How does art bring the world together?

Culture generates social capital and strengthens the character of a community. Art brings people together physically in galleries, museums, performance spaces and culturally, through its ability to tell the shared story of a community, inspire reflection and establish connections that transcend differences. Art can be a shared experience between all people, regardless of their background, politics or culture. Art can be beneficial in many different ways.

University College London conducted an experiment that showed that just looking at paintings increased blood flow to the brain by 10%. Which is equivalent to looking at the loved one. Another study conducted by neurologists in Germany demonstrated that artistic creation can improve functional connectivity within the brain, as well as increase psychological resilience. Both creating and observing art can create healthier and happier beings. This can be useful for everyone involved, as a happier person is more likely to be friendly and inclusive.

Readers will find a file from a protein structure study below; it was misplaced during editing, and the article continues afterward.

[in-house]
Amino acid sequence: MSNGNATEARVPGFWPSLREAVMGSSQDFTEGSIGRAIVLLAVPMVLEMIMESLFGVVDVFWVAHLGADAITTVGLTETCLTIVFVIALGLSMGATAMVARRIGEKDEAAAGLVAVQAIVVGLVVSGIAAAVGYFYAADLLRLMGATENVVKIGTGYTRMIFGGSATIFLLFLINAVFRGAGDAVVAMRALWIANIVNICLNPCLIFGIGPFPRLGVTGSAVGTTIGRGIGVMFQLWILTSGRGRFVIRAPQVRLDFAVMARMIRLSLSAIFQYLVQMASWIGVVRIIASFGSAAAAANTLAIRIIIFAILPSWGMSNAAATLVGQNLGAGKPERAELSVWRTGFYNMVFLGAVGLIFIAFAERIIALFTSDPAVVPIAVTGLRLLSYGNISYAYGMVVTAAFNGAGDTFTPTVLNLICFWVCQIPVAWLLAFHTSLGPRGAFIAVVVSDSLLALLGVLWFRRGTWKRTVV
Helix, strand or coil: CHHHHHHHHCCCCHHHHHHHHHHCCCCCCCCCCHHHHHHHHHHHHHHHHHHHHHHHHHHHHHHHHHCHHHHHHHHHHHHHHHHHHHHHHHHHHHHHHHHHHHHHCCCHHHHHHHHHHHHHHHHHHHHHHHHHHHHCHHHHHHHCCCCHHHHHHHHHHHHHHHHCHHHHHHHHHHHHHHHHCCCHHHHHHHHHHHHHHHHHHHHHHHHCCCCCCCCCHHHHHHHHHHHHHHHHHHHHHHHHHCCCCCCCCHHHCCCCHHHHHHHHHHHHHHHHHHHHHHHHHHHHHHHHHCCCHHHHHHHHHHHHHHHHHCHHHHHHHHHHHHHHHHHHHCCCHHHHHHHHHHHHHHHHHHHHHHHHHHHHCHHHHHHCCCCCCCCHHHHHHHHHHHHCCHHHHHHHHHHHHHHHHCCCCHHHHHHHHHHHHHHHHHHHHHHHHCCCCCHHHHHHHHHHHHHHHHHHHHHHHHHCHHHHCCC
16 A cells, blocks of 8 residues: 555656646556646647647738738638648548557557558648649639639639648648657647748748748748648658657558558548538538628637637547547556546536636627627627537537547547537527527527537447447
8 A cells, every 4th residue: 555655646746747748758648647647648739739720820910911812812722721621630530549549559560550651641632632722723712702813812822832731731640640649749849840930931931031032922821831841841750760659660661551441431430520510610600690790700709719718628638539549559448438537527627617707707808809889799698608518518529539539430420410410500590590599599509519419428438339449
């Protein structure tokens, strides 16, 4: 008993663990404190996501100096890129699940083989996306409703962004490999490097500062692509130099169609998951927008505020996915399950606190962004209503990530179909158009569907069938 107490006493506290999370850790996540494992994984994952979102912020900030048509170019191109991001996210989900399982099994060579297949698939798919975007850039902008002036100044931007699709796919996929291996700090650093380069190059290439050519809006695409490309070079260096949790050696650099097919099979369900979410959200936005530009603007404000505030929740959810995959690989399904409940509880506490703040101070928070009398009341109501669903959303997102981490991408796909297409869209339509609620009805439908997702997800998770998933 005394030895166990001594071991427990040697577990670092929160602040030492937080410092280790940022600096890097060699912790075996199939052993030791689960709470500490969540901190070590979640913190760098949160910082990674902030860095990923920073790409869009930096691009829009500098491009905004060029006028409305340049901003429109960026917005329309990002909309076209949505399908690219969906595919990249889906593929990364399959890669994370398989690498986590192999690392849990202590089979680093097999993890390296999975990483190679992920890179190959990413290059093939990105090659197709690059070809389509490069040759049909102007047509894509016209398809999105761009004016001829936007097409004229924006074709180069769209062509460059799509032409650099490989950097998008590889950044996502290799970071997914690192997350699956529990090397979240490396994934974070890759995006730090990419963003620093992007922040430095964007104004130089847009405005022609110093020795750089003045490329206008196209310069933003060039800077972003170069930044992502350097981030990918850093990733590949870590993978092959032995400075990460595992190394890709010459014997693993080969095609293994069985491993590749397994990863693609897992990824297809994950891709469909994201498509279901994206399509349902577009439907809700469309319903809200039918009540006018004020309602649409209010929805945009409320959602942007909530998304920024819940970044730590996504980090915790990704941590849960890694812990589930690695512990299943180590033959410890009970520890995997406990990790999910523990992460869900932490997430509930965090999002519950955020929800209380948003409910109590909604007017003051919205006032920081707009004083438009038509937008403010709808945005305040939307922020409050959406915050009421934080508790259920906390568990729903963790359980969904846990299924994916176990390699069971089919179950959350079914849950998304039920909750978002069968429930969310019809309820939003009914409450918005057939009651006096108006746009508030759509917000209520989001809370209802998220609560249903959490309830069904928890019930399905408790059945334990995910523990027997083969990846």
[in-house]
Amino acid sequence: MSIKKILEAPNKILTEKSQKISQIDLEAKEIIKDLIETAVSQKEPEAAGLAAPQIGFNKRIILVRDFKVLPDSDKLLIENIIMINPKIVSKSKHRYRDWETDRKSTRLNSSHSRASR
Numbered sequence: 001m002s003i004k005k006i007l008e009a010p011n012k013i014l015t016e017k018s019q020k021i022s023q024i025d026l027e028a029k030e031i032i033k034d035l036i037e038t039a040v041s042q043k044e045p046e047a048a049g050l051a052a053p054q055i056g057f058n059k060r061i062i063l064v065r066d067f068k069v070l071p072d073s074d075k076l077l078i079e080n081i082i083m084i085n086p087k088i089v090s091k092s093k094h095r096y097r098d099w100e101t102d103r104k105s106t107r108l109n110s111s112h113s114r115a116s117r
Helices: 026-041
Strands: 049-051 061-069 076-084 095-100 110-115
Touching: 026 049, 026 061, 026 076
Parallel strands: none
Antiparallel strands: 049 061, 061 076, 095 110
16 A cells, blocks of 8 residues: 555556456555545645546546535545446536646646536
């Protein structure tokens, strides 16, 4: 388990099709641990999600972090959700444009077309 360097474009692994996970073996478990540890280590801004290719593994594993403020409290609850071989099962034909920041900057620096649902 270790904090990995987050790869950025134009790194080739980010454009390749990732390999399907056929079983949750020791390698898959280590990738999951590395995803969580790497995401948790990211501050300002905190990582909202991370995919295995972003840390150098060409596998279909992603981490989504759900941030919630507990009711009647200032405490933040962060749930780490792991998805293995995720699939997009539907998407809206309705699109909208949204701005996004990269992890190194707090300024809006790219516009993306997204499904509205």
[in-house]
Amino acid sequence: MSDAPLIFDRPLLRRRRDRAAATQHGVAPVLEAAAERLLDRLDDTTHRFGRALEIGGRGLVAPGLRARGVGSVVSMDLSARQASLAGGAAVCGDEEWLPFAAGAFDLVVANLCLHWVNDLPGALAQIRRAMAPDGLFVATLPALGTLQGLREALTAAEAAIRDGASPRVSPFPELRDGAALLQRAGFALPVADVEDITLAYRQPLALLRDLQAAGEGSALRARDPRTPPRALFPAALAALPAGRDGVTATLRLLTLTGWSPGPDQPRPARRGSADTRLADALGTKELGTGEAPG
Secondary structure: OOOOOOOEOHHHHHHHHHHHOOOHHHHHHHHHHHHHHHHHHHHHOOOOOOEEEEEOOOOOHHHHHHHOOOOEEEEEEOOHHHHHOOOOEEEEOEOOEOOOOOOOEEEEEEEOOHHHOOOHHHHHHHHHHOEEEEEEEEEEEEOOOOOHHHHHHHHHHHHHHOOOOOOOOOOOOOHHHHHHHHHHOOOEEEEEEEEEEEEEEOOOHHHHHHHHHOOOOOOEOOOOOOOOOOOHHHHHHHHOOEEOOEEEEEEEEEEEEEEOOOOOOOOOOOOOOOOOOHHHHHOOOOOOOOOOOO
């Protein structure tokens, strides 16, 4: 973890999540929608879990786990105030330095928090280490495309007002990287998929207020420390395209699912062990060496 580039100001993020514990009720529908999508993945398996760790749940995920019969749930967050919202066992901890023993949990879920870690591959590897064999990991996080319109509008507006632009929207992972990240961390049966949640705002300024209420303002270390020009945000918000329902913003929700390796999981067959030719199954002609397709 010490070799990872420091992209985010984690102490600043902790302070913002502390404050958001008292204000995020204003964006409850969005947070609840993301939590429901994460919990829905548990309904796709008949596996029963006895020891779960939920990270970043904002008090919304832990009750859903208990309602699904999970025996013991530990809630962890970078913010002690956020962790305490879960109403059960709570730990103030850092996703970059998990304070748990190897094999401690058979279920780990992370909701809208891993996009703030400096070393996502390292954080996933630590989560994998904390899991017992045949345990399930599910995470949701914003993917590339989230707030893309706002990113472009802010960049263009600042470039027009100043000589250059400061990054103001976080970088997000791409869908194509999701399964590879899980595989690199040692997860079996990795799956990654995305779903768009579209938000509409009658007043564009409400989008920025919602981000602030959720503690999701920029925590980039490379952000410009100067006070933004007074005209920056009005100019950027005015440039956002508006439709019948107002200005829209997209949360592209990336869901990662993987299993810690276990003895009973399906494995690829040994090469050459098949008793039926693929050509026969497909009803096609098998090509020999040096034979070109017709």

Many communities in southwestern Minnesota have begun to believe in this value of art and have participated in art projects and programs to create community unity and civic commitment. Over the past decade and a half, the Wallace Foundation has worked with dozens of experienced arts organizations and researchers to better understand the effective strategies that arts organizations can use to create audiences. Meeting to bring together works of art from different places is a declaration of life so as not to create more borders between people, especially between artists who need to express their art in every corner of the country, from South America to North America. This is a far cry from the commonly heard idea that the arts are elitist, and suggests, at a minimum, that residents' perception of a community's artistic and cultural offerings is correlated with their sense of connection with that community.